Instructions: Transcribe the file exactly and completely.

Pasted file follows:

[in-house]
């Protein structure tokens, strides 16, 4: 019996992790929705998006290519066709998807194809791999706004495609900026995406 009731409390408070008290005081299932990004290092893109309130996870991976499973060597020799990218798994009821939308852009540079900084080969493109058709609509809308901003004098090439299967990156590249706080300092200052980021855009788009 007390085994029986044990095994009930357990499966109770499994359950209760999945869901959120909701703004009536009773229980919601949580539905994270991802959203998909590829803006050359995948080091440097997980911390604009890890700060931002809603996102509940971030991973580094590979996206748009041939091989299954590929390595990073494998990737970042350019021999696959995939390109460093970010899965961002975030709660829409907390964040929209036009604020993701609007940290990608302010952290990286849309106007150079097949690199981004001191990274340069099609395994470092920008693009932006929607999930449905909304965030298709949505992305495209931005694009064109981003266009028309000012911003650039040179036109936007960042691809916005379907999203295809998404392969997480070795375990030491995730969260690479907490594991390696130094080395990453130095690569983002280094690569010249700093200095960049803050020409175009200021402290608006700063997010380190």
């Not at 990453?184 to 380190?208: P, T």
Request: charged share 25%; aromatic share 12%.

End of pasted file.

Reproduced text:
[in-house]
């Protein structure tokens, strides 16, 4: 019996992790929705998006290519066709998807194809791999706004495609900026995406 009731409390408070008290005081299932990004290092893109309130996870991976499973060597020799990218798994009821939308852009540079900084080969493109058709609509809308901003004098090439299967990156590249706080300092200052980021855009788009 007390085994029986044990095994009930357990499966109770499994359950209760999945869901959120909701703004009536009773229980919601949580539905994270991802959203998909590829803006050359995948080091440097997980911390604009890890700060931002809603996102509940971030991973580094590979996206748009041939091989299954590929390595990073494998990737970042350019021999696959995939390109460093970010899965961002975030709660829409907390964040929209036009604020993701609007940290990608302010952290990286849309106007150079097949690199981004001191990274340069099609395994470092920008693009932006929607999930449905909304965030298709949505992305495209931005694009064109981003266009028309000012911003650039040179036109936007960042691809916005379907999203295809998404392969997480070795375990030491995730969260690479907490594991390696130094080395990453130095690569983002280094690569010249700093200095960049803050020409175009200021402290608006700063997010380190």
């Not at 990453?184 to 380190?208: P, T």
Request: charged share 25%; aromatic share 12%.